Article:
In our example, when highlighting the thresholds, in Recency we've been referring to the average timespan between the orders and the timespan between the first and the second order. In Monetary we referred to the value of an average check. In Frequency we had to play it by the average amount of orders per person.
    We got these thresholds:
    1 - last purchase was more than 6 months ago
    2 - last purchase was 3-6 months ago
    3 - last purchase was 0-3 months ago
    1 - 1-2 orders
    2 - 3-5 orders
    3 - more than 6 orders
    While defining F we need to keep in mind that the average timespan between the first and the second and all the other orders will probably be different. A client is not yet used to the brand after the first purchase, and they will spend more time deciding to make the second one, if they decide to make it at all. And further they convert much easier.
    In our case the average timespan between the first and the second order was 53 days, and between the other ones - 36. We got this into account to highlight the newcomers' segment correctly. If we apply just the average time between the orders, the newcomers can get into the group of the developing clients and all future work with them will be built in the wrong way.
    We also need to take the seasonality and the product type for the ranges by the frequency of purchases. For example, for a beauty store, one order in two months is good, and a client with such frequency of the purchases will probably get into the segment of regular customers. And if we are talking about the grocery store, one purchase in two months is something of a random client.
    Our approach to
    calculating the loyalty program
    To define the ranges by Monetary we need to take into consideration these facts: the type of business, the price, the average check, seasonality.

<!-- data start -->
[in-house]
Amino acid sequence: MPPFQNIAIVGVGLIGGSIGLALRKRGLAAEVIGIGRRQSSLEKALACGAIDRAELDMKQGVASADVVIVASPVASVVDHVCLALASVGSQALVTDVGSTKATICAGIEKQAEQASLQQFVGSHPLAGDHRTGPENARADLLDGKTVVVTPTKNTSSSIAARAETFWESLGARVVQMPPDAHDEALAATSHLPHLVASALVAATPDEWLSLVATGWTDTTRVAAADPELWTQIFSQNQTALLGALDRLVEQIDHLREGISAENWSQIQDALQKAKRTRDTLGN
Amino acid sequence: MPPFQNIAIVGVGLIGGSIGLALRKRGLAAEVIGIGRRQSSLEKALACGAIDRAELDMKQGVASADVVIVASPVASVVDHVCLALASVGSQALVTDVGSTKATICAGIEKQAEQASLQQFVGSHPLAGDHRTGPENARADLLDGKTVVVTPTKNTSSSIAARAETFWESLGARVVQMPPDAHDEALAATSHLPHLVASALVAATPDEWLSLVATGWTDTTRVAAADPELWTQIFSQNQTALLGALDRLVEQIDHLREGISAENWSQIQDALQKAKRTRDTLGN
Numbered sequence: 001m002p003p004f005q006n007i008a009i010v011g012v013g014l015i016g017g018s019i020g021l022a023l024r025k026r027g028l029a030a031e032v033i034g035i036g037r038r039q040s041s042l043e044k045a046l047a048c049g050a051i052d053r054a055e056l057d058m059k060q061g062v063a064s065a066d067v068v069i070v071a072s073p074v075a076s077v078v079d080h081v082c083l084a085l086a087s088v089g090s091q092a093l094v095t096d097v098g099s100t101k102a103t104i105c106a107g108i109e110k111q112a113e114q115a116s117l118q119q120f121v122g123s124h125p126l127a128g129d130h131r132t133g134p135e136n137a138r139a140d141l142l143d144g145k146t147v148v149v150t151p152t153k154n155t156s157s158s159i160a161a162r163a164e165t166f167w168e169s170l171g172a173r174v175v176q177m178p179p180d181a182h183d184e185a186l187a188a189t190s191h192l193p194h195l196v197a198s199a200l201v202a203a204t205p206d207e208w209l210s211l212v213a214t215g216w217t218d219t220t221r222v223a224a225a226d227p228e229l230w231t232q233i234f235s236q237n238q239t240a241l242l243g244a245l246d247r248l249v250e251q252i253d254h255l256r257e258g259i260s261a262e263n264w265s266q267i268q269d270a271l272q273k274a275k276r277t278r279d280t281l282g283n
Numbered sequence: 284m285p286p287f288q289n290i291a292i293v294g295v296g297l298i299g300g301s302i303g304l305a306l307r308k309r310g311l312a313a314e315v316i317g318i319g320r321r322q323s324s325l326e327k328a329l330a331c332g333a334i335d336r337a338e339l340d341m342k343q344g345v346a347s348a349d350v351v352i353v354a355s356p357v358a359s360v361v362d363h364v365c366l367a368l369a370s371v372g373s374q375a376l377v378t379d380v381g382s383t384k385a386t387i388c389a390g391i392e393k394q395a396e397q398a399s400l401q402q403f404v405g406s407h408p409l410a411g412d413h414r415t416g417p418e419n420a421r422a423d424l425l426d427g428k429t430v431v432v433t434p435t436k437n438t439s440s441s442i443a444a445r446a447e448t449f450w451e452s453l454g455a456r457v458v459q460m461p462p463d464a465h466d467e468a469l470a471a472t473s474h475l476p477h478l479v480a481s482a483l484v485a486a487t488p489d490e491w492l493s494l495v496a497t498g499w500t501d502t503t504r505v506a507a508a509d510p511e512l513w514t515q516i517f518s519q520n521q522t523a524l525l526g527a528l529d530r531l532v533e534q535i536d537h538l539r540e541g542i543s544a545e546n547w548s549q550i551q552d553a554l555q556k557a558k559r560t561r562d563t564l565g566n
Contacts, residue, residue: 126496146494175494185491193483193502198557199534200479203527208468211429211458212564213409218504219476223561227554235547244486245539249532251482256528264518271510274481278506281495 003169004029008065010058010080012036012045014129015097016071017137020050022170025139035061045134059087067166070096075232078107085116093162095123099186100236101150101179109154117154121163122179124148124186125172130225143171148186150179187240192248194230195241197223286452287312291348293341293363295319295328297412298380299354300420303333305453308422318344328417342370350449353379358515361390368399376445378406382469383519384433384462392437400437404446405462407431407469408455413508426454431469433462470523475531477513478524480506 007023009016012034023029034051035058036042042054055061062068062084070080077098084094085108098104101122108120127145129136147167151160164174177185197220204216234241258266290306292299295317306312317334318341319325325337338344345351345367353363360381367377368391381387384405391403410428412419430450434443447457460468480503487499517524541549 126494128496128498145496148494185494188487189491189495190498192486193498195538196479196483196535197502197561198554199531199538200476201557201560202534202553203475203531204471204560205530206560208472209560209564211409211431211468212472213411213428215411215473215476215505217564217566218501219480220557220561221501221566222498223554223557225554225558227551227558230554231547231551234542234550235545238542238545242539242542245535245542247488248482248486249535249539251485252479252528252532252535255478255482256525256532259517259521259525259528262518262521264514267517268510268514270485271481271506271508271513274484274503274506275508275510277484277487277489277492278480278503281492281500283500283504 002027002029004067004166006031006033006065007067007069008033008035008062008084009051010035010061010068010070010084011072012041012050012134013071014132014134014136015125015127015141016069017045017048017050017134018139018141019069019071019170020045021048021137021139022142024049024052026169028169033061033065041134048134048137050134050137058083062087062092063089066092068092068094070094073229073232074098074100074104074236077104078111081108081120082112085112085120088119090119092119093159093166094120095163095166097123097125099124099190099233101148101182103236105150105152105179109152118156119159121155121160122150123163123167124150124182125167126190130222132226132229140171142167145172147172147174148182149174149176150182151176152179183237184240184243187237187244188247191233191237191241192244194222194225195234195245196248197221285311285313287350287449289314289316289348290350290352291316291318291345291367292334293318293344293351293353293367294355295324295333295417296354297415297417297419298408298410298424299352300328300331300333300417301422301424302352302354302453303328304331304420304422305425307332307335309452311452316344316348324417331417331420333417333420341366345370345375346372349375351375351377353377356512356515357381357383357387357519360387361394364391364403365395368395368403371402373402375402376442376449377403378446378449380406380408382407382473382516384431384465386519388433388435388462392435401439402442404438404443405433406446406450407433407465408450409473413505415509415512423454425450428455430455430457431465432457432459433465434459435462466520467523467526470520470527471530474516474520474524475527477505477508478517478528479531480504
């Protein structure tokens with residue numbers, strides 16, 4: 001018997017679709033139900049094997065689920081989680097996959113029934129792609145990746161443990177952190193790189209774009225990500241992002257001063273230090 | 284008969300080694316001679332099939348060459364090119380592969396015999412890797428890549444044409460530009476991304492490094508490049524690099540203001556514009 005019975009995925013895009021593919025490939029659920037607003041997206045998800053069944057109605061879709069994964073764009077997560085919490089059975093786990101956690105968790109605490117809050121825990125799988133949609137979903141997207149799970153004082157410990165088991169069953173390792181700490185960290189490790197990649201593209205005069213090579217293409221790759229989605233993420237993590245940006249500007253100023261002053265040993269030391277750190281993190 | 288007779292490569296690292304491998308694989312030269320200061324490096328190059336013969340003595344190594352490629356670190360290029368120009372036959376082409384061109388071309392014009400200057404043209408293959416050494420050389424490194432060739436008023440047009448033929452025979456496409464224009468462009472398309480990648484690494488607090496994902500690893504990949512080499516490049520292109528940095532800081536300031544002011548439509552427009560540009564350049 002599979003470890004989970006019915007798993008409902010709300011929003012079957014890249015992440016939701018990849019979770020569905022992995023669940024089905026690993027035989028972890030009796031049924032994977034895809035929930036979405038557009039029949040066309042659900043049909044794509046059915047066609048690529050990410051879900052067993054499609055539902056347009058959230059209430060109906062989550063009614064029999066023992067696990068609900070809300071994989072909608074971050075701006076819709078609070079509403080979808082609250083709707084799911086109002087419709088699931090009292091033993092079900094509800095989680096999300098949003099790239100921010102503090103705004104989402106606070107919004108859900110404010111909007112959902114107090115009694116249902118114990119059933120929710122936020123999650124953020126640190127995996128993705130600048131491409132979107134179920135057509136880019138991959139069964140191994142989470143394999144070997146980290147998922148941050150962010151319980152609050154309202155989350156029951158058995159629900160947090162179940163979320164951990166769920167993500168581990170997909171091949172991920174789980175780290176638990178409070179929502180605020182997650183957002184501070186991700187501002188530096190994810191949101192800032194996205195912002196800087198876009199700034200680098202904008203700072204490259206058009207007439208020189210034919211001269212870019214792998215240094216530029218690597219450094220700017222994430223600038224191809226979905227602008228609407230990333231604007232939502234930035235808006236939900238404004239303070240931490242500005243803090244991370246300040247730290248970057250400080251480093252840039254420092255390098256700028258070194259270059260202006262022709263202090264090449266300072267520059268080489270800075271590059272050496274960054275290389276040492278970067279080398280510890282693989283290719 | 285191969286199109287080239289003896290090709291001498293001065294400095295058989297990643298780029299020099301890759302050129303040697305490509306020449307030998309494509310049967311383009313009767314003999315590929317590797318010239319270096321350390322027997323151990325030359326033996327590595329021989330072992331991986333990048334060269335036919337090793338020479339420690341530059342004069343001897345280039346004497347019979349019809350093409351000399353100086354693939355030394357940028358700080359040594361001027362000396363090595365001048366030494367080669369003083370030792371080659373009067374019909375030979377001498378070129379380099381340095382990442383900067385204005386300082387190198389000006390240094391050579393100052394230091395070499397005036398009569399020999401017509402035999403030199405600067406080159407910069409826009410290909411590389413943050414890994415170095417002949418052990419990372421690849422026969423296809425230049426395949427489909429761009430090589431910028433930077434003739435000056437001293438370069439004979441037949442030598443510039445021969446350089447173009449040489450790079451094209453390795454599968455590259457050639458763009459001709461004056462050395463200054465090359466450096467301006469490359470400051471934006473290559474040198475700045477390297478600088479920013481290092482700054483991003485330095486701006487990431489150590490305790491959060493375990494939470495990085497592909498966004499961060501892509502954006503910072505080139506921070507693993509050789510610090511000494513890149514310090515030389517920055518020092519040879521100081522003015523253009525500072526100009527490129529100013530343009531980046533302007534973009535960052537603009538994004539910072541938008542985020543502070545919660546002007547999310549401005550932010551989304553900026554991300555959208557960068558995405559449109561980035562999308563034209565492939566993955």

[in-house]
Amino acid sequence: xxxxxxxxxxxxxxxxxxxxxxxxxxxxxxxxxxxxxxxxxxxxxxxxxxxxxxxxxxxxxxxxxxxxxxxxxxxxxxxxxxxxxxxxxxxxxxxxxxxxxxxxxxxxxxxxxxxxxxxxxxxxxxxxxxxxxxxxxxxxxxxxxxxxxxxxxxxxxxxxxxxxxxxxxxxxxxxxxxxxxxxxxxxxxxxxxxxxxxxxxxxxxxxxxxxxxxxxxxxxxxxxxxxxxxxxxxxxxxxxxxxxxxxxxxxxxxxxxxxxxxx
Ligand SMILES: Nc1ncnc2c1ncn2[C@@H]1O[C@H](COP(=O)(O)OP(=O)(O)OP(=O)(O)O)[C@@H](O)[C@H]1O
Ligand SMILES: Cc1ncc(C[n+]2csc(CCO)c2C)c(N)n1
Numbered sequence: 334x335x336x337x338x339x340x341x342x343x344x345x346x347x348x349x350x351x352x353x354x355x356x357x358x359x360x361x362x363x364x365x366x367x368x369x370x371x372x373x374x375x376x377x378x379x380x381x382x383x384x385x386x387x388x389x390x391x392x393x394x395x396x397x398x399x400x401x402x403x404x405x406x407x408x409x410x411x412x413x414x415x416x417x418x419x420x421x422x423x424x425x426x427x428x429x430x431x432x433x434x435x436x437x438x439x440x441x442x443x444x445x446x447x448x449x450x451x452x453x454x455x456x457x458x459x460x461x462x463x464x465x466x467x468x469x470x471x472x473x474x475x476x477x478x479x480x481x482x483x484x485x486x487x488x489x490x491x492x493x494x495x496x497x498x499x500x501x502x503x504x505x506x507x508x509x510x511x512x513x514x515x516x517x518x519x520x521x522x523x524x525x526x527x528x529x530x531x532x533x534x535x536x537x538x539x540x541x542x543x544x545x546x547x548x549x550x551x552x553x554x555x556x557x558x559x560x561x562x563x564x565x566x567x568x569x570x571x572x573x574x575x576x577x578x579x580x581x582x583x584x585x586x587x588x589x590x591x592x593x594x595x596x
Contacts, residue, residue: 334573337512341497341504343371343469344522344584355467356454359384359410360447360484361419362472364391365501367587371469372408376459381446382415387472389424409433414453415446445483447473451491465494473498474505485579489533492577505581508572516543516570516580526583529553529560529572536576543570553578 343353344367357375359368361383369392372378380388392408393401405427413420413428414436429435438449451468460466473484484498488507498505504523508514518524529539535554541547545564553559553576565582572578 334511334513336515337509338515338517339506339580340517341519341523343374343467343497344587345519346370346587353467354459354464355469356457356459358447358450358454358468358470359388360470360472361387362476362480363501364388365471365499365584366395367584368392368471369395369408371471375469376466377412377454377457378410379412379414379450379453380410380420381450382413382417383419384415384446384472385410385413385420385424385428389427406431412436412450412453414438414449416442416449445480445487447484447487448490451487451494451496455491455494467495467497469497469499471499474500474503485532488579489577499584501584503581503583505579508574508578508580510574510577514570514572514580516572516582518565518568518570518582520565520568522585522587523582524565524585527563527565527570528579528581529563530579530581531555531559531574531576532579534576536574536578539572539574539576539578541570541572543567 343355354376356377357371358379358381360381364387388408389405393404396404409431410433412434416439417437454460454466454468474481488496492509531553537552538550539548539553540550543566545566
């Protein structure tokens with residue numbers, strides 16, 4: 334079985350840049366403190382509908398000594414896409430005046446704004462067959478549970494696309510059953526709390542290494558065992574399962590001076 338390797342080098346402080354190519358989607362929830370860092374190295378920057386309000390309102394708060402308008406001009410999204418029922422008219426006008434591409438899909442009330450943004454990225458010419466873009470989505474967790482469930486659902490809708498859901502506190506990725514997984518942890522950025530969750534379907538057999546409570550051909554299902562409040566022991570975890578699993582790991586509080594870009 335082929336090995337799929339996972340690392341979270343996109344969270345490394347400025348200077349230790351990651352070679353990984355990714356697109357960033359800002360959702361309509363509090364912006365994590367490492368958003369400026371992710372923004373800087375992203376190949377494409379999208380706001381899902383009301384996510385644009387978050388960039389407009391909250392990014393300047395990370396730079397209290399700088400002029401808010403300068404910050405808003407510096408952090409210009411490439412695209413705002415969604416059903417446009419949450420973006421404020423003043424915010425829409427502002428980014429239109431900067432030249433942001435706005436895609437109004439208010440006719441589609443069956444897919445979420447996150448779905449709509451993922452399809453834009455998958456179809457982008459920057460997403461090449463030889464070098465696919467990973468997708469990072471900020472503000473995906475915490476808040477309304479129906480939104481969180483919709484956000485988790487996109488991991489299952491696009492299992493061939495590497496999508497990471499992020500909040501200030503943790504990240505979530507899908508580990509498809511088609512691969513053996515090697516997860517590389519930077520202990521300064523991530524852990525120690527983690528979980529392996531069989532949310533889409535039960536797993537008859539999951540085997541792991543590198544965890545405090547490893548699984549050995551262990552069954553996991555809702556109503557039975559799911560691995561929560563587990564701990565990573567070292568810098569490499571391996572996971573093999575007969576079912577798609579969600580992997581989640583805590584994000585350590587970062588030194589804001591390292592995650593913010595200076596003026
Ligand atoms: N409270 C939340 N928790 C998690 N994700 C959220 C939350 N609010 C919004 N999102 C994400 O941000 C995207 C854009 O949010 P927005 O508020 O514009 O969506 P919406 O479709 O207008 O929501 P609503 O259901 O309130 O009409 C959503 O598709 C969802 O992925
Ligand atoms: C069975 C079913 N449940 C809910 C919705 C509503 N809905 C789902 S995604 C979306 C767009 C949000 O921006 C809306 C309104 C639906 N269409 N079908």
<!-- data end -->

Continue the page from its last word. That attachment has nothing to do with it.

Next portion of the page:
The advantage of the described method is that division is of really good quality and the clients get into their segments correctly. So working with segments will yield good results. The disadvantage is the process of segments highlighting is laborious and demands much time and specialist involvement.
    Another thing worth remembering when highlighting segments is not to forget to divide the wholesale and retail customers. The R, F, M thresholds will be different for them.

    Step 3. Organizing the segments on totality of the R, F, M rates.

    So, now we have the ranges for every rate and we need to evaluate these ranges - give them a quality coefficient. For example, it can be from 1 to 3, but the amount can be bigger depending on how detailed you want to work the segments through. 3 is just a standard number.
    We decided 1 to be the worst value and 3 to be the best. So there are 3 ratings by recency for every of the 3 rates. From the totality of the 3 rates with the same ratings we get a segment:
    • R1—F1—M(1-3) — lost;
    • R1—F(2-3)—M(1-3) — loyal clients who lost activity;
    • R2-F(1-2)-M(1-3) — idle;
    • R2-F(3)-M(1-3) — loyal idle clients;
    • R3—F1—M(1-3) — newcomers;
    • R3—F2—M(1-3) — developing;
    • R3—F3—M3 — regular.
    As a result every client is assigned to a certain segment:
    Or, for the sake of convenience we can display the same information as an interactive dashboard:
    As a result we get the RFM matrix:

    Using the RF, RM, FM matrices

    It's a rather frequent situation when building segments that pairs of the RFM analysis are used.

    RF analysis

    It is the analysis by the recency and frequency of the purchases. As monetary depends on frequency, we can sometimes just leave it out.
    Segmentation by RF shows how frequently clients make purchases per the analysed period. It allows us to highlight those clients who recently bought something and cooperate with the company.

    RM analysis

    RM analysis shows the parcelling of the clients by Recency and Monetary. Such analysis allows to highlight the clients that bring the most revenue and those whose contribution to the total profit is minor.

    FM analysis

    FM analysis shows the parcelling of clients depending on frequency and sum of the purchases. Such parcelling allows to highlight the clients who buy rarely, but spend great sums and those who make frequent purchases, but with small checks.
    This is where we leave off for now. We hope the article gave you the understanding of what RFM analysis is, what are its advantages and in what ways you can conduct it.